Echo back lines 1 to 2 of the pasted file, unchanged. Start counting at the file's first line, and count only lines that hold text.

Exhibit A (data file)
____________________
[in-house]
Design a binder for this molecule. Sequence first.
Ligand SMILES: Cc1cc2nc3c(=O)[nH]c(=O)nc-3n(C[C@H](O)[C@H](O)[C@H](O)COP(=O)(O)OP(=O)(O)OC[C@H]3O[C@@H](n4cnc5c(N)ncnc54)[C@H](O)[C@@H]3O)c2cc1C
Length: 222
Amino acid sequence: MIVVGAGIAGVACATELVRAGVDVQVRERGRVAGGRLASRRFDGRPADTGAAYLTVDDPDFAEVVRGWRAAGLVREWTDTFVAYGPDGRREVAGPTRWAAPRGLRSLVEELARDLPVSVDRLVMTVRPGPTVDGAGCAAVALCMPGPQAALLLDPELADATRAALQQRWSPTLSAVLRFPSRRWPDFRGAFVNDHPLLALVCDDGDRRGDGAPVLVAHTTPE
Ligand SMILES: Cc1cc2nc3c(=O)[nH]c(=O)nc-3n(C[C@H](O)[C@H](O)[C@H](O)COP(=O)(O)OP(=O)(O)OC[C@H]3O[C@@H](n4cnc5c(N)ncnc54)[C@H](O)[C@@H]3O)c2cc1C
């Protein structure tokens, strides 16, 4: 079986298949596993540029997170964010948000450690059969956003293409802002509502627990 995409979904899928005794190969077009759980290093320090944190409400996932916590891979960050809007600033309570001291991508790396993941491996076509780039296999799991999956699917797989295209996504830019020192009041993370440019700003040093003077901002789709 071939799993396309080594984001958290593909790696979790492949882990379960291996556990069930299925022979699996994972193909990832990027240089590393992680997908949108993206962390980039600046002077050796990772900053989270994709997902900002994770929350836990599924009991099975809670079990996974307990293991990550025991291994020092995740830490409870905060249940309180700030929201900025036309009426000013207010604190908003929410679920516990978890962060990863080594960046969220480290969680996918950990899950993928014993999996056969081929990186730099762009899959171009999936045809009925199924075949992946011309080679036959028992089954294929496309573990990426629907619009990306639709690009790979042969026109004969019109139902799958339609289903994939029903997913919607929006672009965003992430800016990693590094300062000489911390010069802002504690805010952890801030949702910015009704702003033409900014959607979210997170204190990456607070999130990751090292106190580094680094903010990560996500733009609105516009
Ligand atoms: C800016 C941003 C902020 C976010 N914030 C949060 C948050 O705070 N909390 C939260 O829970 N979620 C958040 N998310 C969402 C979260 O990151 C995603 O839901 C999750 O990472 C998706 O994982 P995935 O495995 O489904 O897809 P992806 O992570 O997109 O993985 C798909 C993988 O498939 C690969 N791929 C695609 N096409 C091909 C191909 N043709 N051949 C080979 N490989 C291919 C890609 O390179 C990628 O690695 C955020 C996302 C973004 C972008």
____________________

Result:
[in-house]
Design a binder for this molecule. Sequence first.